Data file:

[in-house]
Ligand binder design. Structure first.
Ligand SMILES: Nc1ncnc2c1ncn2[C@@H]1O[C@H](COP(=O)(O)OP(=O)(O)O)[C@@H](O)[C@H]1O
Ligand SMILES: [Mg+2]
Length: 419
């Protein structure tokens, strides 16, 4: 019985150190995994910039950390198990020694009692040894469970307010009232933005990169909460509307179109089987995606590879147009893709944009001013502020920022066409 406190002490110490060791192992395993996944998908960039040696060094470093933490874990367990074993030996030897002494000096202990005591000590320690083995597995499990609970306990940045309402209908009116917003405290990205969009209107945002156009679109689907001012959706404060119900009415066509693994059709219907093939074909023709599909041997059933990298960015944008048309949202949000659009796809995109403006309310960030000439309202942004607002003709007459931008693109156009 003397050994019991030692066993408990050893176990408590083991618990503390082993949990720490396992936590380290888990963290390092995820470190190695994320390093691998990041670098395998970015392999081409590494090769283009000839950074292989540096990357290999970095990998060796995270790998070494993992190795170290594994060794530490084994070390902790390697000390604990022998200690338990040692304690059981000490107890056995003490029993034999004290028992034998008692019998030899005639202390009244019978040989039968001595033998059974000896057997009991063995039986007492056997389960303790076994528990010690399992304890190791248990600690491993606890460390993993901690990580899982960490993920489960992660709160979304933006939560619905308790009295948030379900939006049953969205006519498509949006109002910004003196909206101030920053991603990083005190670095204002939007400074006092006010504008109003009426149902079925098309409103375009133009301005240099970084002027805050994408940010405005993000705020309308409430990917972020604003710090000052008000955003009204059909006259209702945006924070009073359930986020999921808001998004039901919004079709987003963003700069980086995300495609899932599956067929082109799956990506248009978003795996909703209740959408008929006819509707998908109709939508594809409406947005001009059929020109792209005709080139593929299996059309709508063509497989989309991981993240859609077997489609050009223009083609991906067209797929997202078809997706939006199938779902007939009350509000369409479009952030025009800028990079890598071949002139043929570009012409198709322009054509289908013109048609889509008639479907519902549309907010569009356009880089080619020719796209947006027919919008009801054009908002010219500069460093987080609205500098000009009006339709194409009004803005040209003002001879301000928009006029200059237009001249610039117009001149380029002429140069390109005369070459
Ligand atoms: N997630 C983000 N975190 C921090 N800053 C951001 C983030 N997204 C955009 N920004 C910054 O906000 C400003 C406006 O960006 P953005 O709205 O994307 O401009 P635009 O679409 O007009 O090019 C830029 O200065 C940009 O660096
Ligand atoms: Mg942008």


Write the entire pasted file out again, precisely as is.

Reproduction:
[in-house]
Ligand binder design. Structure first.
Ligand SMILES: Nc1ncnc2c1ncn2[C@@H]1O[C@H](COP(=O)(O)OP(=O)(O)O)[C@@H](O)[C@H]1O
Ligand SMILES: [Mg+2]
Length: 419
């Protein structure tokens, strides 16, 4: 019985150190995994910039950390198990020694009692040894469970307010009232933005990169909460509307179109089987995606590879147009893709944009001013502020920022066409 406190002490110490060791192992395993996944998908960039040696060094470093933490874990367990074993030996030897002494000096202990005591000590320690083995597995499990609970306990940045309402209908009116917003405290990205969009209107945002156009679109689907001012959706404060119900009415066509693994059709219907093939074909023709599909041997059933990298960015944008048309949202949000659009796809995109403006309310960030000439309202942004607002003709007459931008693109156009 003397050994019991030692066993408990050893176990408590083991618990503390082993949990720490396992936590380290888990963290390092995820470190190695994320390093691998990041670098395998970015392999081409590494090769283009000839950074292989540096990357290999970095990998060796995270790998070494993992190795170290594994060794530490084994070390902790390697000390604990022998200690338990040692304690059981000490107890056995003490029993034999004290028992034998008692019998030899005639202390009244019978040989039968001595033998059974000896057997009991063995039986007492056997389960303790076994528990010690399992304890190791248990600690491993606890460390993993901690990580899982960490993920489960992660709160979304933006939560619905308790009295948030379900939006049953969205006519498509949006109002910004003196909206101030920053991603990083005190670095204002939007400074006092006010504008109003009426149902079925098309409103375009133009301005240099970084002027805050994408940010405005993000705020309308409430990917972020604003710090000052008000955003009204059909006259209702945006924070009073359930986020999921808001998004039901919004079709987003963003700069980086995300495609899932599956067929082109799956990506248009978003795996909703209740959408008929006819509707998908109709939508594809409406947005001009059929020109792209005709080139593929299996059309709508063509497989989309991981993240859609077997489609050009223009083609991906067209797929997202078809997706939006199938779902007939009350509000369409479009952030025009800028990079890598071949002139043929570009012409198709322009054509289908013109048609889509008639479907519902549309907010569009356009880089080619020719796209947006027919919008009801054009908002010219500069460093987080609205500098000009009006339709194409009004803005040209003002001879301000928009006029200059237009001249610039117009001149380029002429140069390109005369070459
Ligand atoms: N997630 C983000 N975190 C921090 N800053 C951001 C983030 N997204 C955009 N920004 C910054 O906000 C400003 C406006 O960006 P953005 O709205 O994307 O401009 P635009 O679409 O007009 O090019 C830029 O200065 C940009 O660096
Ligand atoms: Mg942008």